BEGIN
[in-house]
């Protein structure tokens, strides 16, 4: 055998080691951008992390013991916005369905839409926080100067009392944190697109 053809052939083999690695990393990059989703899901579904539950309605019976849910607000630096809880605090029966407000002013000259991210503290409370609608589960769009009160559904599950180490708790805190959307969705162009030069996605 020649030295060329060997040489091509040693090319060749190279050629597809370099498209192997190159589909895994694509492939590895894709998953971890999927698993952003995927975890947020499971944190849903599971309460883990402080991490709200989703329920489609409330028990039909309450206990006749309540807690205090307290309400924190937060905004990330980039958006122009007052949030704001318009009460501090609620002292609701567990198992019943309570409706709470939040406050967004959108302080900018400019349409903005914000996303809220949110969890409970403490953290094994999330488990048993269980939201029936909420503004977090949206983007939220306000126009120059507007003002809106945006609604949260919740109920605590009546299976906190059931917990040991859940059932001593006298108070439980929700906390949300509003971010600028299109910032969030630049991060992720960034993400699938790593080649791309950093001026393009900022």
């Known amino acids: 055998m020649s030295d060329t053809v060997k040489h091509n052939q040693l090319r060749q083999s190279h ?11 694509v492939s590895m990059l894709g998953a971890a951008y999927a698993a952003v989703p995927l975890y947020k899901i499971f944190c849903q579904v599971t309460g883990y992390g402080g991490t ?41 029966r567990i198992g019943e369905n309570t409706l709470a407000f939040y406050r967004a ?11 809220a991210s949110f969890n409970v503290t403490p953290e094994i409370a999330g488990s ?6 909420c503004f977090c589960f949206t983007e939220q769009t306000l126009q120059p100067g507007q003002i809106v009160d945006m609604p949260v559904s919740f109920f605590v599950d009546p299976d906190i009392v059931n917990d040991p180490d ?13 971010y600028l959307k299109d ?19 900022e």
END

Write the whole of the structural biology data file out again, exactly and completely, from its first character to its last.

[in-house]
């Protein structure tokens, strides 16, 4: 055998080691951008992390013991916005369905839409926080100067009392944190697109 053809052939083999690695990393990059989703899901579904539950309605019976849910607000630096809880605090029966407000002013000259991210503290409370609608589960769009009160559904599950180490708790805190959307969705162009030069996605 020649030295060329060997040489091509040693090319060749190279050629597809370099498209192997190159589909895994694509492939590895894709998953971890999927698993952003995927975890947020499971944190849903599971309460883990402080991490709200989703329920489609409330028990039909309450206990006749309540807690205090307290309400924190937060905004990330980039958006122009007052949030704001318009009460501090609620002292609701567990198992019943309570409706709470939040406050967004959108302080900018400019349409903005914000996303809220949110969890409970403490953290094994999330488990048993269980939201029936909420503004977090949206983007939220306000126009120059507007003002809106945006609604949260919740109920605590009546299976906190059931917990040991859940059932001593006298108070439980929700906390949300509003971010600028299109910032969030630049991060992720960034993400699938790593080649791309950093001026393009900022």
């Known amino acids: 055998m020649s030295d060329t053809v060997k040489h091509n052939q040693l090319r060749q083999s190279h ?11 694509v492939s590895m990059l894709g998953a971890a951008y999927a698993a952003v989703p995927l975890y947020k899901i499971f944190c849903q579904v599971t309460g883990y992390g402080g991490t ?41 029966r567990i198992g019943e369905n309570t409706l709470a407000f939040y406050r967004a ?11 809220a991210s949110f969890n409970v503290t403490p953290e094994i409370a999330g488990s ?6 909420c503004f977090c589960f949206t983007e939220q769009t306000l126009q120059p100067g507007q003002i809106v009160d945006m609604p949260v559904s919740f109920f605590v599950d009546p299976d906190i009392v059931n917990d040991p180490d ?13 971010y600028l959307k299109d ?19 900022e």